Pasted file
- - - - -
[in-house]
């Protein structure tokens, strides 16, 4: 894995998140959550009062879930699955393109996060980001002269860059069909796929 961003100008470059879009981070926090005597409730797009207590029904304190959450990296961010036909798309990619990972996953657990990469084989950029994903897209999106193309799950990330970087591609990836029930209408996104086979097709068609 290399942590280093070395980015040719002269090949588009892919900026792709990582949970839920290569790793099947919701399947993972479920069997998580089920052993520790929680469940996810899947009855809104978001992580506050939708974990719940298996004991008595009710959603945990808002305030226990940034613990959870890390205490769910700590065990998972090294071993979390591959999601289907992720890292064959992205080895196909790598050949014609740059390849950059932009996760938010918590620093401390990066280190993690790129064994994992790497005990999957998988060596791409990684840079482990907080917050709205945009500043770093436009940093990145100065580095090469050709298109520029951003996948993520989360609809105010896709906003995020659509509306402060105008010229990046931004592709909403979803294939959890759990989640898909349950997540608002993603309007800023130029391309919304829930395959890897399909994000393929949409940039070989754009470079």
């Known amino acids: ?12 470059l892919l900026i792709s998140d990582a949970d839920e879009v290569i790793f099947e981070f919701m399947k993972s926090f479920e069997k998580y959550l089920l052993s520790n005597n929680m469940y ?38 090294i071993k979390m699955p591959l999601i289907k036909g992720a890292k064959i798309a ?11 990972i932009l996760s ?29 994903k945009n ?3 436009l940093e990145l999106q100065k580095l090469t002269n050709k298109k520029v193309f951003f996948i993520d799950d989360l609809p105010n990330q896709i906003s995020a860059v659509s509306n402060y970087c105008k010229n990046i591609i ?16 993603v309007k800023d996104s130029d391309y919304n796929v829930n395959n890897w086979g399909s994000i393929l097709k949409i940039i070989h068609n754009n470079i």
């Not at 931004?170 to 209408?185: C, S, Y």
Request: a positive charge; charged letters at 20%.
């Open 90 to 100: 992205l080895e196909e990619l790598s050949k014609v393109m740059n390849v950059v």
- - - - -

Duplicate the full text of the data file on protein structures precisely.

[in-house]
């Protein structure tokens, strides 16, 4: 894995998140959550009062879930699955393109996060980001002269860059069909796929 961003100008470059879009981070926090005597409730797009207590029904304190959450990296961010036909798309990619990972996953657990990469084989950029994903897209999106193309799950990330970087591609990836029930209408996104086979097709068609 290399942590280093070395980015040719002269090949588009892919900026792709990582949970839920290569790793099947919701399947993972479920069997998580089920052993520790929680469940996810899947009855809104978001992580506050939708974990719940298996004991008595009710959603945990808002305030226990940034613990959870890390205490769910700590065990998972090294071993979390591959999601289907992720890292064959992205080895196909790598050949014609740059390849950059932009996760938010918590620093401390990066280190993690790129064994994992790497005990999957998988060596791409990684840079482990907080917050709205945009500043770093436009940093990145100065580095090469050709298109520029951003996948993520989360609809105010896709906003995020659509509306402060105008010229990046931004592709909403979803294939959890759990989640898909349950997540608002993603309007800023130029391309919304829930395959890897399909994000393929949409940039070989754009470079």
């Known amino acids: ?12 470059l892919l900026i792709s998140d990582a949970d839920e879009v290569i790793f099947e981070f919701m399947k993972s926090f479920e069997k998580y959550l089920l052993s520790n005597n929680m469940y ?38 090294i071993k979390m699955p591959l999601i289907k036909g992720a890292k064959i798309a ?11 990972i932009l996760s ?29 994903k945009n ?3 436009l940093e990145l999106q100065k580095l090469t002269n050709k298109k520029v193309f951003f996948i993520d799950d989360l609809p105010n990330q896709i906003s995020a860059v659509s509306n402060y970087c105008k010229n990046i591609i ?16 993603v309007k800023d996104s130029d391309y919304n796929v829930n395959n890897w086979g399909s994000i393929l097709k949409i940039i070989h068609n754009n470079i």
């Not at 931004?170 to 209408?185: C, S, Y």
Request: a positive charge; charged letters at 20%.
């Open 90 to 100: 992205l080895e196909e990619l790598s050949k014609v393109m740059n390849v950059v």